Here’s what a loser sounds like:
Of course I’m being sarcastic. This is a wonderful performance by 11-year-old Soo-Been Lee-Wieniawaski. The performance earned her 2nd place in the junior Yehudi Menuhin violin competition, which, I should be crystal clear, is an amazing accomplishment. Very impressive. As a general rule, solo violin isn’t my bag, but I very much enjoyed this performance. I hope “losing” didn’t affect Ms. Lee-Wieniawaski too badly.
That’s really the biggest risk with competition: the blow to the ego that often happens to everybody but the “winner.” With the right attitude, “losing” doesn’t matter, but that attitude–“failure” is a learning opportunity–is hard to come by, and not easily adopted. Losing or failing is especially damaging if you think musical talent is something you’re either born with or not. If you have that attitude, “losing,” and the pressure of trying to “win” can both be a fatal blow to life-long music-making.
My own philosophy, if it’s not clear yet, is that music shouldn’t be a competition, it’s a collaboration. That should carry extra weight because I’m a trumpeter. You’ve probably heard the joke that goes:
Question: How does one trumpet player greet another?”
Answer: They shake hands and each says, “Hi, I’m better than you.”
We’re human beings, so we’re gonna compete. It’s inevitable, especially when one of the routes to financial gain and artistic prestige can be a competition.
The video above is from the finals of the junior division of the Yehudi Menuhin competition, a premier competition worldwide for violinists under 22. The winner of the junior division this year gets $7,000 and a 1-year loan of a fine Italian instrument courtesy of Florian Leonhard Fine Violins. The Senior 1st prize winner will receive US $10,000 and a 1-year loan of a fine Italian instrument courtesy of Christophe Landon Rare Violins. Who wouldn’t want that? Or consider that Kris Allen, the 2009 American Idol winner, received around $650,000, and the other 9 finalists get around $100,000 it’s easy to see why folks want to compete. Are they competing for art’s sake? Maybe, but not entirely.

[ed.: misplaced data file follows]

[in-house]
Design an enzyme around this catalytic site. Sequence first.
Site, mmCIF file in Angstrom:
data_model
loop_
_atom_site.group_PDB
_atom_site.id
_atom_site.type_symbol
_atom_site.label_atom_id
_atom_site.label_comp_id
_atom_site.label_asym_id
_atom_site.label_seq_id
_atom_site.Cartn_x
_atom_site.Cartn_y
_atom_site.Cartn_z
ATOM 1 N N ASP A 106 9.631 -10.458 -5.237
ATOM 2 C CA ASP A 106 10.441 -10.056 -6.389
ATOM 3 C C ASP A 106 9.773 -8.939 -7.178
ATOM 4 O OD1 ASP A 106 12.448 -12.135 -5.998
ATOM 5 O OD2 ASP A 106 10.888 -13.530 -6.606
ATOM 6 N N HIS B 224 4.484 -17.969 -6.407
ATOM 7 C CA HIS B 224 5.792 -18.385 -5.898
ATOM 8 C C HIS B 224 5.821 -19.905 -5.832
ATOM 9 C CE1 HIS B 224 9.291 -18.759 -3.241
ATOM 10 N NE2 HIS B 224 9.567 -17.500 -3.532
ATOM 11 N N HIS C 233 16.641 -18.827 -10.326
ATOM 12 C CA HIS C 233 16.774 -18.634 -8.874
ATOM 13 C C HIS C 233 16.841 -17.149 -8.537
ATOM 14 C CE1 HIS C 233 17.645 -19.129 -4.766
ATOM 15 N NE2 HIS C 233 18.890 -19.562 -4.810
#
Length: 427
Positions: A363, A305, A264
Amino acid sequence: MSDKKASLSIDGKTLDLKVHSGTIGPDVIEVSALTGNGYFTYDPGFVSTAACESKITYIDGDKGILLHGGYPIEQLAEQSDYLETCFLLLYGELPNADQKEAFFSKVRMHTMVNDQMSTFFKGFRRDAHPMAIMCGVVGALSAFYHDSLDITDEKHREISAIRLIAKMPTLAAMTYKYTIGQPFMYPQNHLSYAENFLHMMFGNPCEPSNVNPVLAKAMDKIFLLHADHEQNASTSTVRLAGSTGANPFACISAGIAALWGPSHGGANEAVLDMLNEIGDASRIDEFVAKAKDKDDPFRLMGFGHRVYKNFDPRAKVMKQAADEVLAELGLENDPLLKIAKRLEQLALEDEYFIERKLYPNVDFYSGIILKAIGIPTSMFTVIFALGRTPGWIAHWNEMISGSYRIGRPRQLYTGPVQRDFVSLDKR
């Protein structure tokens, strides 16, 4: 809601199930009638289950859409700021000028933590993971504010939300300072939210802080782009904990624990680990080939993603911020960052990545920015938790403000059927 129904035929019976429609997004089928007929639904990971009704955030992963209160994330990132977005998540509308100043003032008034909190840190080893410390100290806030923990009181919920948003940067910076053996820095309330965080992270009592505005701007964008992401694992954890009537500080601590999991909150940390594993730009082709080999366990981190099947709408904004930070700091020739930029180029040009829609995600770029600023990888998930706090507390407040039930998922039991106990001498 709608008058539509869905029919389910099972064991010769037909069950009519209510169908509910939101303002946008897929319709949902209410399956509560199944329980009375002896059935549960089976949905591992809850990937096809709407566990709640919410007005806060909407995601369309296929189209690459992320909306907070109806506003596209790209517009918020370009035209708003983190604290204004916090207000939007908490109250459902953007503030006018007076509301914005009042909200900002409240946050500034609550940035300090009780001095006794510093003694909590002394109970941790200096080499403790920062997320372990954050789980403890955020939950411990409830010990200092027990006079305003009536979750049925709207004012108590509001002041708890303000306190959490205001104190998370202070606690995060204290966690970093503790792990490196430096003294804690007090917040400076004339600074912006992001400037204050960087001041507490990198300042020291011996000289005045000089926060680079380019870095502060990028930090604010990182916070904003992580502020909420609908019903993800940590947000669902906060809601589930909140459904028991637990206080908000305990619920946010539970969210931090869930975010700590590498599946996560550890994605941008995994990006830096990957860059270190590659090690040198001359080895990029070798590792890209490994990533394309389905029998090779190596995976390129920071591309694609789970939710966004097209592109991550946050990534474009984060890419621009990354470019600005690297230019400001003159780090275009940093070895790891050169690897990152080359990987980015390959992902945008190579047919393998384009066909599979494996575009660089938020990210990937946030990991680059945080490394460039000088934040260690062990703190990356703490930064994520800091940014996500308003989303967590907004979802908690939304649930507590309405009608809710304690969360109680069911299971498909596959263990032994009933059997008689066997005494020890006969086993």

Lots of people feel competition provides a giant horse-sized shot of motivation to practice long and hard. Some musicians thrive on that kind of competition, and seek it out. They’re motivated to train diligently for such competitions. Because it can be such a powerful motivator, and because these prizes are available, musical competition isn’t going away. Ever. And I don’t think it should.I love competition and am pretty competitive myself, whether it’s playing Scrabble, or my 14 years as a competitive swimmer. But music–at its rhythmically pulsing heart–is a collaboration, not a competition. What do you think?